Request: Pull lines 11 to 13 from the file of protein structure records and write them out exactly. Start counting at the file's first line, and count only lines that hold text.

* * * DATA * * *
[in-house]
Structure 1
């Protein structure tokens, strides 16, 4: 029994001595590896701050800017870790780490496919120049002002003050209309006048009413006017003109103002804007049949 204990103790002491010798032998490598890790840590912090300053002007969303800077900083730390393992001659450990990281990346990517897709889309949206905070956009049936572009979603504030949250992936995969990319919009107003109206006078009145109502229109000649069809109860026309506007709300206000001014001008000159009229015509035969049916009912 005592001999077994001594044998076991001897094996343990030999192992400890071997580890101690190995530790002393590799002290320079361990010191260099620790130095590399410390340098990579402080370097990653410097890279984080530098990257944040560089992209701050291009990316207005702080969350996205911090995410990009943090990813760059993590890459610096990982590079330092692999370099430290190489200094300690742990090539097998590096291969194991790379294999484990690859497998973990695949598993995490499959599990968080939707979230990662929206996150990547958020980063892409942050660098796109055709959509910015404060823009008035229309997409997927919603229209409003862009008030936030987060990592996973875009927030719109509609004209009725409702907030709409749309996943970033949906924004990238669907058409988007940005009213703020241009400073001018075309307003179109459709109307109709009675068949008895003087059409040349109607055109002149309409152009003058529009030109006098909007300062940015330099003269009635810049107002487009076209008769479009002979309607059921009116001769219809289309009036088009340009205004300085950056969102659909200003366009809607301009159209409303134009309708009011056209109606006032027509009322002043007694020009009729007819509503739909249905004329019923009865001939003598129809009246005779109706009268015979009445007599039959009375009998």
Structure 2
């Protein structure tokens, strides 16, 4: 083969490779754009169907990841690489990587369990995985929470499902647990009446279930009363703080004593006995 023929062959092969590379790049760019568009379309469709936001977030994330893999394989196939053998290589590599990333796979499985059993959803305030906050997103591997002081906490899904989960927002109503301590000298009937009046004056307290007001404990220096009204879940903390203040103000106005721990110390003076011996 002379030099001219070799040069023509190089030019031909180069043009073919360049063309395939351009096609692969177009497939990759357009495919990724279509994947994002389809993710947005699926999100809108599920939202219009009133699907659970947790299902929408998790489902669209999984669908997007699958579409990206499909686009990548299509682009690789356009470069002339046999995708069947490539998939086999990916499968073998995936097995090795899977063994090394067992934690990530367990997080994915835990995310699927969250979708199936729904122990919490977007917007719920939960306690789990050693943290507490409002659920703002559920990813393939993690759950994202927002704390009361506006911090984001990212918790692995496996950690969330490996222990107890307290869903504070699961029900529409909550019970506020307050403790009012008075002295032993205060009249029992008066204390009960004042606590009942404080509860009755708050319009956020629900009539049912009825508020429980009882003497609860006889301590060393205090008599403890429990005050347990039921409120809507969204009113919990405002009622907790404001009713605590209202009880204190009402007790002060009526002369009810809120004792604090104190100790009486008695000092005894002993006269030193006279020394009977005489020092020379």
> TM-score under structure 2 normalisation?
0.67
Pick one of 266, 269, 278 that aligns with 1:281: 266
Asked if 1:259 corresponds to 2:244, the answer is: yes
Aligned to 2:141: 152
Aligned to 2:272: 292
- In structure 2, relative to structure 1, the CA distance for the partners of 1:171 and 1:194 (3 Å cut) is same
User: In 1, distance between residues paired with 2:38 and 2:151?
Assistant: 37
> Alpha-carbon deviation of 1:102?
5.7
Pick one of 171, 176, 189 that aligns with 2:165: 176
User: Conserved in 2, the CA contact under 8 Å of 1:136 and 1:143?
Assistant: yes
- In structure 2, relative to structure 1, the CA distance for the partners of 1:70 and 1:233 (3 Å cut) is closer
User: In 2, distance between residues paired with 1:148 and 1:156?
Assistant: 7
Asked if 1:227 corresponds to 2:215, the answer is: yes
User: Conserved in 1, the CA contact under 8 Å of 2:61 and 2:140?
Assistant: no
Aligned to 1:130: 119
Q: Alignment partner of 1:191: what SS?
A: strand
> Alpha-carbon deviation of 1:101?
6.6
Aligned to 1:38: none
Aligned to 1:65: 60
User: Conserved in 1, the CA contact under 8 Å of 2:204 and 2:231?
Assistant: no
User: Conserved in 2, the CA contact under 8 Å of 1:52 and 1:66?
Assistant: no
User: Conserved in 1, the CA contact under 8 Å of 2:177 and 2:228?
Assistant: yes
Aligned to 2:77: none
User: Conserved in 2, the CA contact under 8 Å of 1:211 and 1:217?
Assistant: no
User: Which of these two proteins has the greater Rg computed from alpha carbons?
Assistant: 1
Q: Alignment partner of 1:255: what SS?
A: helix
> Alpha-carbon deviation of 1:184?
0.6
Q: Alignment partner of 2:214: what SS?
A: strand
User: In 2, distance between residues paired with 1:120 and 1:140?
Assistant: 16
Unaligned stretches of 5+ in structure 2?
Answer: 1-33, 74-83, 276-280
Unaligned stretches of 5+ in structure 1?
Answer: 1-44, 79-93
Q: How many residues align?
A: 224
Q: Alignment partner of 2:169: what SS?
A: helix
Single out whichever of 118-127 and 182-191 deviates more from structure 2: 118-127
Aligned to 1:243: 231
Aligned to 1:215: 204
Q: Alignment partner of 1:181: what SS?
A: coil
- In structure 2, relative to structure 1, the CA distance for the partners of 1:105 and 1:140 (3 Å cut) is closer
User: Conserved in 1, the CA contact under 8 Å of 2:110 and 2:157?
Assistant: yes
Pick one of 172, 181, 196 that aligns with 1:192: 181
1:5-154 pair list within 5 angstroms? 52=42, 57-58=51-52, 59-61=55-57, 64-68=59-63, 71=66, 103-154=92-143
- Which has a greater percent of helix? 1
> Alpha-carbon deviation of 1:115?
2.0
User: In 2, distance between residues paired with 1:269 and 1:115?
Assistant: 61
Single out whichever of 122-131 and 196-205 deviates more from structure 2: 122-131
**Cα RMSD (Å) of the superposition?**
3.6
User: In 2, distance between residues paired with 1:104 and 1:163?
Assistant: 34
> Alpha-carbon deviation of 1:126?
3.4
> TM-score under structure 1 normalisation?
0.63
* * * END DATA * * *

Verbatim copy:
Aligned to 2:272: 292
- In structure 2, relative to structure 1, the CA distance for the partners of 1:171 and 1:194 (3 Å cut) is same
User: In 1, distance between residues paired with 2:38 and 2:151?